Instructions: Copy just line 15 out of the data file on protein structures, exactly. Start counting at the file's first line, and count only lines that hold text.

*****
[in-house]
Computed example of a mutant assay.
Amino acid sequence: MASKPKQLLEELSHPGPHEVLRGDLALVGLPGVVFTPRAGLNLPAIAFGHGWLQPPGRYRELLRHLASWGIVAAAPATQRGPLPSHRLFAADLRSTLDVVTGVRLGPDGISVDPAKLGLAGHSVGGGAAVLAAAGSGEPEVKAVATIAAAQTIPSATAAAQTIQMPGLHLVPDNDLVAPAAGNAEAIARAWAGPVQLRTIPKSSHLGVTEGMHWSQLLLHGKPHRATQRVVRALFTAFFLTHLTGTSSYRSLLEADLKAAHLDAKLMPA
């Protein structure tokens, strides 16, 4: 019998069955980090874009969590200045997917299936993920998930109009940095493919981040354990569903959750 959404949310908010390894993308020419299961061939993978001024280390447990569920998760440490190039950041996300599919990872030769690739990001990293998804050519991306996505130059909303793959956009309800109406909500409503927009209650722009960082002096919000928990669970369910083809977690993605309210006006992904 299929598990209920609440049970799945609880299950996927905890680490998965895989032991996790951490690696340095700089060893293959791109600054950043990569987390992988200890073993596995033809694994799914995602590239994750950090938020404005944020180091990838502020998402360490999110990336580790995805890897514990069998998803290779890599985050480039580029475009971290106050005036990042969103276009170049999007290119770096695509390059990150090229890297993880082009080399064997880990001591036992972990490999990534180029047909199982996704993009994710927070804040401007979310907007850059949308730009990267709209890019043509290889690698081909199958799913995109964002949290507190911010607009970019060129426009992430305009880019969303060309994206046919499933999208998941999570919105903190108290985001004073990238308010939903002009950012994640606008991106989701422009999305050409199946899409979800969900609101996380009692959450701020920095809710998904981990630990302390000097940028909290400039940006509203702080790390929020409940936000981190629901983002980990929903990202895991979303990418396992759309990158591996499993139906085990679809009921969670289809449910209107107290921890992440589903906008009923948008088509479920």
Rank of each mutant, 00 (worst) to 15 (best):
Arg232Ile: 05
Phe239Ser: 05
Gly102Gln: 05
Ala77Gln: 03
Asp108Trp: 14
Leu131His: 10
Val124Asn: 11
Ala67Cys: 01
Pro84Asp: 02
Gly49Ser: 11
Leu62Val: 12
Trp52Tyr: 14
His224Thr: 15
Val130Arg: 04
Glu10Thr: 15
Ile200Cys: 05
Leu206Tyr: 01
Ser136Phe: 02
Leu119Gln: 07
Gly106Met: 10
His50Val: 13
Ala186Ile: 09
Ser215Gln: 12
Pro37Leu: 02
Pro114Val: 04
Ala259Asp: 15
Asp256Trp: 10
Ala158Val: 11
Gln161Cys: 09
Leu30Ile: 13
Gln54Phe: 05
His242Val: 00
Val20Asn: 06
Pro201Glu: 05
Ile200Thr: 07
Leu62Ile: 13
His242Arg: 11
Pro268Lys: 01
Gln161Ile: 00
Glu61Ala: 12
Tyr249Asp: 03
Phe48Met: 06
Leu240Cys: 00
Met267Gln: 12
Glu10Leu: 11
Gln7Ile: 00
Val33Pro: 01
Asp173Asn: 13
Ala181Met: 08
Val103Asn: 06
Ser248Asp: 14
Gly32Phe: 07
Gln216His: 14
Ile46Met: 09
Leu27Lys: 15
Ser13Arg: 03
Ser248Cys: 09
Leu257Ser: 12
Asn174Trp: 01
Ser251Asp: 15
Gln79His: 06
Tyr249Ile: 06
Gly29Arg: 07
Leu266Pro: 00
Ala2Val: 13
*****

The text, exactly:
Gly49Ser: 11